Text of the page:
Art wise there are a few really famous and lovely paintings - probably the most famous is The Siren, by John William Waterhouse, painted in 1900. There’s also The Siren by Edward Armitage, painted in 1888, Then there’s some cool hero specific paintings with Odysseus and the Sirens, painted by Léon Belly in 1867 or Ulysses and the Sirens, by Herbert James Draper painted in 1909. They’re all very classic paintings, but they’re gorgeous - so I really recommend giving them a look.

For movies, you have the Pirates of the Caribbean movies - specifically the fourth one which had mermaids and sirens in, The Lighthouse from 2019 which was a psychological horror that starred William Dafoe and Robert Pattinson - and was actually black and white and universally debated whether it was any good. There’s also a Siren horror film which came out in 2016, it’s got 65% on Rotten Tomatoes, so maybe worth the watch!

For TV, you’ve got the actual Siren series, which I remember specifically saying was not great. They were also in an episode of Doctor Who, in the old Aquaman series and in the Australian series Tidelands.

For video games, it’s a little sparse - again with mermaids who are friendly rather than Sirens. A good mention is Cala Maria from Cuphead and you go to Island of Sirens in Immortals Fenyx Rising, which is an awesome game if you’ve not played it and are into Greek myth - unfortunately that’s all I could find on Sirens, if you know any games that you’ve played and I’ve missed out here, let me know! 

My book recommendation for the week is actually a book called Sirena by Donna Jo Napoli, hear me out - it’s a kids novel, BUT it’s all about a siren who falls in love with a sailor, but isn’t sure if he loves her or her song back. For more tales on the Odyssey or the Argo, have a read of Stephen Fry’s Heroes book for a great retelling.


Now it’s time for, do we think they existed?

It’s tricky as always with water based monsters, because as I said during the Kraken episode, we’ve only discovered about 5% of the world's oceans - meaning nothing is really impossible to imagine. Mermaids and Sirens’ existence have actually been debated throughout history, and I honestly wouldn’t be surprised if either species existed at this rate.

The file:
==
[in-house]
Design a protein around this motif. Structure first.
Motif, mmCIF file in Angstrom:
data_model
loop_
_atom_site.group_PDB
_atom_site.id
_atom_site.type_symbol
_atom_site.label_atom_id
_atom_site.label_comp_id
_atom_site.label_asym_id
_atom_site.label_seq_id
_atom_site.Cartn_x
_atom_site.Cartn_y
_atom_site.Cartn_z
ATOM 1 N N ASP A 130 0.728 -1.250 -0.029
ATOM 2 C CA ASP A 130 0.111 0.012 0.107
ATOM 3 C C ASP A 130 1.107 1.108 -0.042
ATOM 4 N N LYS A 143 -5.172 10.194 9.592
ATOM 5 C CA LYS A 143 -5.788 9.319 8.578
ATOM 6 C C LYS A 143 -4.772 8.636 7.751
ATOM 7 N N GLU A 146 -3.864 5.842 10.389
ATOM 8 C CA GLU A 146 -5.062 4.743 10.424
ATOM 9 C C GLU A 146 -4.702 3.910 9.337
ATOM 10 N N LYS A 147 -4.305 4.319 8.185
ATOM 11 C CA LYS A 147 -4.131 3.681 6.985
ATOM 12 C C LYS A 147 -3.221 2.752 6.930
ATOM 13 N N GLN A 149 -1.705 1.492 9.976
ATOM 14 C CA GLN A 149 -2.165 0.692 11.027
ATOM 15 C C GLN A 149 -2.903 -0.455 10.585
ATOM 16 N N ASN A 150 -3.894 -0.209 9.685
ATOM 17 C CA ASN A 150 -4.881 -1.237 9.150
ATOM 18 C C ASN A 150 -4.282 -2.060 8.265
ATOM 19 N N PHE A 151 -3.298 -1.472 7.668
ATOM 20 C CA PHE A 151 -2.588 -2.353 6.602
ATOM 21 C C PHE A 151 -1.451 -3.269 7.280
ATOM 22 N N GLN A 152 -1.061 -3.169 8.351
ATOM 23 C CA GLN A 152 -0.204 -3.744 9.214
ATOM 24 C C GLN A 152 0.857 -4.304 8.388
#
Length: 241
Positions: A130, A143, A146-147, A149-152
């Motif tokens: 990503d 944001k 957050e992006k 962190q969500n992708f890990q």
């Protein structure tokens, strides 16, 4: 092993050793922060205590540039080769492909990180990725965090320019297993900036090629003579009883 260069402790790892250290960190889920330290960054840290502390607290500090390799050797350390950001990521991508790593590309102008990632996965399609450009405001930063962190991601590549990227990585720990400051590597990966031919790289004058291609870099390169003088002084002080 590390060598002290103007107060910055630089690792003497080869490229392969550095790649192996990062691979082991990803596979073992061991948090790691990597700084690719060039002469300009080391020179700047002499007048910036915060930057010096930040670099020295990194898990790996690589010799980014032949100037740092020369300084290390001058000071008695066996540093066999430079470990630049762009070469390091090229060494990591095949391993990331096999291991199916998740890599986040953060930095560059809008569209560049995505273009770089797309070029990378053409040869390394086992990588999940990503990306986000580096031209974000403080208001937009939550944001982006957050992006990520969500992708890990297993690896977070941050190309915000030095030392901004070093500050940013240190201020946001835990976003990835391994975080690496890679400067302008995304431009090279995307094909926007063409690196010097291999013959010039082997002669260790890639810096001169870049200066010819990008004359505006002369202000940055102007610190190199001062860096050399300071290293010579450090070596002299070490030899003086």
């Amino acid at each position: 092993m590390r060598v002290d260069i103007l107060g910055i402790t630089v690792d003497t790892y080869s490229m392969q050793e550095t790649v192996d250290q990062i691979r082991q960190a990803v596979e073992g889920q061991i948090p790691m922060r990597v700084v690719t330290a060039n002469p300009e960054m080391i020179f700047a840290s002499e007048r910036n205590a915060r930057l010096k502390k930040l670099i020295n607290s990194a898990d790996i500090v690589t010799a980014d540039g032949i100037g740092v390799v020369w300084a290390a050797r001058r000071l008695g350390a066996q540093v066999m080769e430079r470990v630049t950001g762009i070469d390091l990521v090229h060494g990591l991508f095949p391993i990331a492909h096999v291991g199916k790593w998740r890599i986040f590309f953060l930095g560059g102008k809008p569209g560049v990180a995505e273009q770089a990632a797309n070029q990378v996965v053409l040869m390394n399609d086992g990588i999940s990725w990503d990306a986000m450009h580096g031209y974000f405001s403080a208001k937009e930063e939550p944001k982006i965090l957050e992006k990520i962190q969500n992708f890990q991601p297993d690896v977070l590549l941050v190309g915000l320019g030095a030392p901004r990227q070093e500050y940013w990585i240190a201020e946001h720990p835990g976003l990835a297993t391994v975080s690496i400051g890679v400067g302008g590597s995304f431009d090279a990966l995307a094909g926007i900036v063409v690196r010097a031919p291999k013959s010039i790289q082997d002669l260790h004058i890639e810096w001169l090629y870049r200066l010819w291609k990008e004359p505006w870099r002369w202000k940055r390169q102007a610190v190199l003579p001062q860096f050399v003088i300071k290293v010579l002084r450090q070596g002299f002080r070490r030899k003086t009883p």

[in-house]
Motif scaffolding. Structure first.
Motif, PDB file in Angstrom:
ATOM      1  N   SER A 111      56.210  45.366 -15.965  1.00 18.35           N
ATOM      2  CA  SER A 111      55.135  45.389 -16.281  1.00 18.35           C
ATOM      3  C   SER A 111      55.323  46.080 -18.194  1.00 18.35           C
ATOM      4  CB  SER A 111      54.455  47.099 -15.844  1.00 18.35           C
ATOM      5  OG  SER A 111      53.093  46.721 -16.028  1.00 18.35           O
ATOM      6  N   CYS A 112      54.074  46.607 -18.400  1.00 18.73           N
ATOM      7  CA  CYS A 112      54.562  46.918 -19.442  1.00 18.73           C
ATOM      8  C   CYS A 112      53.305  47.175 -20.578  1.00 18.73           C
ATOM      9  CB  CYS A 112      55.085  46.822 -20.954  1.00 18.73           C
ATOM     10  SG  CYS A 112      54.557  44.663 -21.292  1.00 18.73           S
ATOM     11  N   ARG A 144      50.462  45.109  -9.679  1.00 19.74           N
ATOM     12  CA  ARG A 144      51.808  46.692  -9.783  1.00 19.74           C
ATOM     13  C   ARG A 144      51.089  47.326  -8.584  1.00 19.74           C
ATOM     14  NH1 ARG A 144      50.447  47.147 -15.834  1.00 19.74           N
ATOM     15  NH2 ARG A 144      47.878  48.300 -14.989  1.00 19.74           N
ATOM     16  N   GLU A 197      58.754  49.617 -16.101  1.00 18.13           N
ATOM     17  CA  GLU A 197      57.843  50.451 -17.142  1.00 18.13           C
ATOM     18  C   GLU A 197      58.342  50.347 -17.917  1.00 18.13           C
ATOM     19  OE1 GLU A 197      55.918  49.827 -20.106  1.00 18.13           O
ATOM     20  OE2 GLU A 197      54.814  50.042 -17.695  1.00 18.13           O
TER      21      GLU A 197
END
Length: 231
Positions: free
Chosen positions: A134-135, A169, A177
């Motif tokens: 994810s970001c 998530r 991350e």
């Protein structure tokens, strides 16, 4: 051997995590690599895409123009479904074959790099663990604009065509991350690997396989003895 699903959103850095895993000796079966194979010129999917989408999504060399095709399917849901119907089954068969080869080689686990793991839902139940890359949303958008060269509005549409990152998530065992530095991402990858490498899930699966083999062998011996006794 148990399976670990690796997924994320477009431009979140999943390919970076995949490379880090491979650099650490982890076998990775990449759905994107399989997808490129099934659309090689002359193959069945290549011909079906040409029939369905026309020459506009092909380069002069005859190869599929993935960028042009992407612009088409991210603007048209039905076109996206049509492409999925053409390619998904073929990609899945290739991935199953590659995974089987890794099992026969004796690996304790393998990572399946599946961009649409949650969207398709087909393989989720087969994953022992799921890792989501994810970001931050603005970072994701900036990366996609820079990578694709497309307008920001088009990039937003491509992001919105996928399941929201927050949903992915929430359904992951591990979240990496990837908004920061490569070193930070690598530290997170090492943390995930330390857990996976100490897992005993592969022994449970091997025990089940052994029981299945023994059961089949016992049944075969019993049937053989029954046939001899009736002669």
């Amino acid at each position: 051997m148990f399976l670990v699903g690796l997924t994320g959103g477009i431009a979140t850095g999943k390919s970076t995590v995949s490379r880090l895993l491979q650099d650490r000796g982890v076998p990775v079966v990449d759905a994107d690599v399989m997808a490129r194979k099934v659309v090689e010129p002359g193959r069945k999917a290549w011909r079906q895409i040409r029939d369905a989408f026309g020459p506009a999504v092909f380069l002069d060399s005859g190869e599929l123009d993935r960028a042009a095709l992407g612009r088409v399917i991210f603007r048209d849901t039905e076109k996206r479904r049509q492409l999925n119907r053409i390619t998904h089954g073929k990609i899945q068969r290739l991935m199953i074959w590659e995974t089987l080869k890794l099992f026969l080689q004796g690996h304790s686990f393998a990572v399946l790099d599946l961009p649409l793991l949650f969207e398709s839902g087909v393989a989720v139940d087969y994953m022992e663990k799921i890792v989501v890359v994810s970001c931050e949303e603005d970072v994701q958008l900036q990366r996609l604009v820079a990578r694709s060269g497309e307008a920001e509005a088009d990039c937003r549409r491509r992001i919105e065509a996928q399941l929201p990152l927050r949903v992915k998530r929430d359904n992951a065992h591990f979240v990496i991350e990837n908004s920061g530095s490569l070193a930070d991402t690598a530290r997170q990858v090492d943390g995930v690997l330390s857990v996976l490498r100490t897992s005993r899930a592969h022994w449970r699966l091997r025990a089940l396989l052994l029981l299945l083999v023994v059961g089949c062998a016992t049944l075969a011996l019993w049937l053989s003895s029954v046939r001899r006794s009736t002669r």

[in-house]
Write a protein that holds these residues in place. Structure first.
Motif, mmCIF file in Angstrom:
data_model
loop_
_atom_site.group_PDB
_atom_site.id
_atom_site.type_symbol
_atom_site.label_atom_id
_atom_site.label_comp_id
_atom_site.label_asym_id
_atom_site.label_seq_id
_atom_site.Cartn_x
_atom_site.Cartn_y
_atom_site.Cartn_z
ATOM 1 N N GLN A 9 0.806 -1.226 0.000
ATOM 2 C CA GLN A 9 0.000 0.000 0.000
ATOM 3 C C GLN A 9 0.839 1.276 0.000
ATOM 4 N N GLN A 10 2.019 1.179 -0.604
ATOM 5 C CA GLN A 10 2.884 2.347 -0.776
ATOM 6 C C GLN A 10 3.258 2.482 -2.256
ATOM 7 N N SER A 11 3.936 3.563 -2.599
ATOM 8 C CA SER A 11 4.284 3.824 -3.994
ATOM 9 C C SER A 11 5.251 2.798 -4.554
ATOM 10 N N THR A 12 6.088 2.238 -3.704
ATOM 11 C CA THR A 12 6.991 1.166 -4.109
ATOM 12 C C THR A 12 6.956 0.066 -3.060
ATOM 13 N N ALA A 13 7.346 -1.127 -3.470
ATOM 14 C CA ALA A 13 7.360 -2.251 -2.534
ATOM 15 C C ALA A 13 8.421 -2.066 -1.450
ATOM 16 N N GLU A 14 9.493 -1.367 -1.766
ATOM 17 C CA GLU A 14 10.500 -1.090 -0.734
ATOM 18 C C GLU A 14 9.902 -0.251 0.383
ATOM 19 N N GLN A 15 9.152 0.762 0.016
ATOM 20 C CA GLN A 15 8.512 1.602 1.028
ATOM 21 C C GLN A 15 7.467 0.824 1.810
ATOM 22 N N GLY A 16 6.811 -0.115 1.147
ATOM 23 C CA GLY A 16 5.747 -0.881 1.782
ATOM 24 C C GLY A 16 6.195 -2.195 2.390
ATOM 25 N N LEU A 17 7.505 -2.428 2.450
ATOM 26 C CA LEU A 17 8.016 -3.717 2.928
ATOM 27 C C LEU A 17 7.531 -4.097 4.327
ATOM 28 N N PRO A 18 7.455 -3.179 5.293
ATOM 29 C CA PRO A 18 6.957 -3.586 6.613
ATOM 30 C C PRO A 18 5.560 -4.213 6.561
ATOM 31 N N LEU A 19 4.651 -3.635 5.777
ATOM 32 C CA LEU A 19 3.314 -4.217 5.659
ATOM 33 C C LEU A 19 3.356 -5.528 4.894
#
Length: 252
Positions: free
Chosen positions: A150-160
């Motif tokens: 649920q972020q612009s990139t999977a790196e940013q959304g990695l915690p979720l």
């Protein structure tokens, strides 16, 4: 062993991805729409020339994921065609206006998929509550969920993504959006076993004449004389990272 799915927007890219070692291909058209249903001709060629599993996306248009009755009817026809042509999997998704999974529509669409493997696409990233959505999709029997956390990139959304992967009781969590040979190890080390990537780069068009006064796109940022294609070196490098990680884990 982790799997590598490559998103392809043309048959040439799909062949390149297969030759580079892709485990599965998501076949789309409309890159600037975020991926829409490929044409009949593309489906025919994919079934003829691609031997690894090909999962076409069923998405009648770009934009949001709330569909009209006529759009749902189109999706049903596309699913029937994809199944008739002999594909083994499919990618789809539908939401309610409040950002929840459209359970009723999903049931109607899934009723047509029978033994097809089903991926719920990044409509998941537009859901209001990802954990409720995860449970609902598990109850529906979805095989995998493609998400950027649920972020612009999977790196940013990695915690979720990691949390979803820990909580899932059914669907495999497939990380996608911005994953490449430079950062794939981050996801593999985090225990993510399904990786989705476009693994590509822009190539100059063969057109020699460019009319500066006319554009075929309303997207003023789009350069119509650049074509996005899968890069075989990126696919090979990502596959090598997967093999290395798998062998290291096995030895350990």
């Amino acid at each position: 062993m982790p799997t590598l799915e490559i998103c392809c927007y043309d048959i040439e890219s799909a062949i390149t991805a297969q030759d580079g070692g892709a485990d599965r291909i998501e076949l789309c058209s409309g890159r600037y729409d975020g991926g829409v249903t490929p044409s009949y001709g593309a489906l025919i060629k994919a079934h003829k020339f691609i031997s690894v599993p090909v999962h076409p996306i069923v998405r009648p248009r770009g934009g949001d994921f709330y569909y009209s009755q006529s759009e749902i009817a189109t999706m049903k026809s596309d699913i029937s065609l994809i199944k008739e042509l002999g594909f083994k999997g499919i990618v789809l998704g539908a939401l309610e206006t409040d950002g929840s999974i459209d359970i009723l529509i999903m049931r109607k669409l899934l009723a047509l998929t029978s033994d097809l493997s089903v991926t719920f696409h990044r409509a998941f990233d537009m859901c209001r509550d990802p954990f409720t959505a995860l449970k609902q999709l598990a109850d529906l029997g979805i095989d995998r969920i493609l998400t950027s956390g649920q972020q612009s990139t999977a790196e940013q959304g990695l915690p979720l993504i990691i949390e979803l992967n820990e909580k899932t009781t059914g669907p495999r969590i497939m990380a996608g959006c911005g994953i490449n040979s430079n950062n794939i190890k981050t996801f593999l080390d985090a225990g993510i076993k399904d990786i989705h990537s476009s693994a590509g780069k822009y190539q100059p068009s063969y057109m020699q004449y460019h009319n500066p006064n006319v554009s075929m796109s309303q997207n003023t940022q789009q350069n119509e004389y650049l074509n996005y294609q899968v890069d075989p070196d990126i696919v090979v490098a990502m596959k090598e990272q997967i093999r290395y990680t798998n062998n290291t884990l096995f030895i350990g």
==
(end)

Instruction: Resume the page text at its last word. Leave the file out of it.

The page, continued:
It would be cool to have half naked ladies on rocks singing at us as we went past, it would certainly make my boat journeys a little more pleasant - even if I did end up jumping in after them and getting eaten, there are worse ways to go than being eaten by a scantily clad sea monster, ya know.

I certainly don’t like the idea of half bird, hald ladies swooping down at me, the images of Sirens are horrible before they evolved into half fish. But birds are kind of scary, especially one with the face of a very angry, cursed lady.

I guess again, it’s a link to the ocean being dangerous, but worth the risk in these ancient times. And I guess the story of them becoming the Sirens by not looking after their ward is an interesting cautionary tale for being a good babysitter, I dunno. When I was babysitting devil spawn once as a teenager, I locked one of them in the conservatory because he was being vile and then he told his mum when she got home and she sacked me, so I’m not one to judge to be honest.


I think Sirens are a pretty cool myth monster if I’m honest, and again I love the Greek monsters - they are just my fave. And as always I do love a sea monster, but I’ve done so many recently - I’ll back off them for a bit.

Next week we’re sticking around in Europe for the last time for a little while to look at the fearsome Basilisk - yes, the big snake from Harry Potter. Slither into the podcast to find out more about these horrific beasts next Thursday!

For now thank you so much for listening, it’s been an absolute pleasure. If you enjoyed this podcast, please give it a rating on the service you’re listening on - I’ve got the twitter for any questions, or suggestions on what monsters to cover next and I’d love to hear from you. 

The twitter is @mythmonsterspod or the instagram is @mythmonsterspodcast. Or you can email me, old fashioned-style on I also have the Tiktok like a cool modern lady, and it’s mythmonsterspodcast - I do a quick myth on Mondays, monster of the week reveals on Tuesdays, monster of the week facts on Wednesday and a cool monster guessing game on Thursday! So come join the fun and share this with your pals, they might love me as much as you do.

But for now, stay spooky and I’ll see you later babes.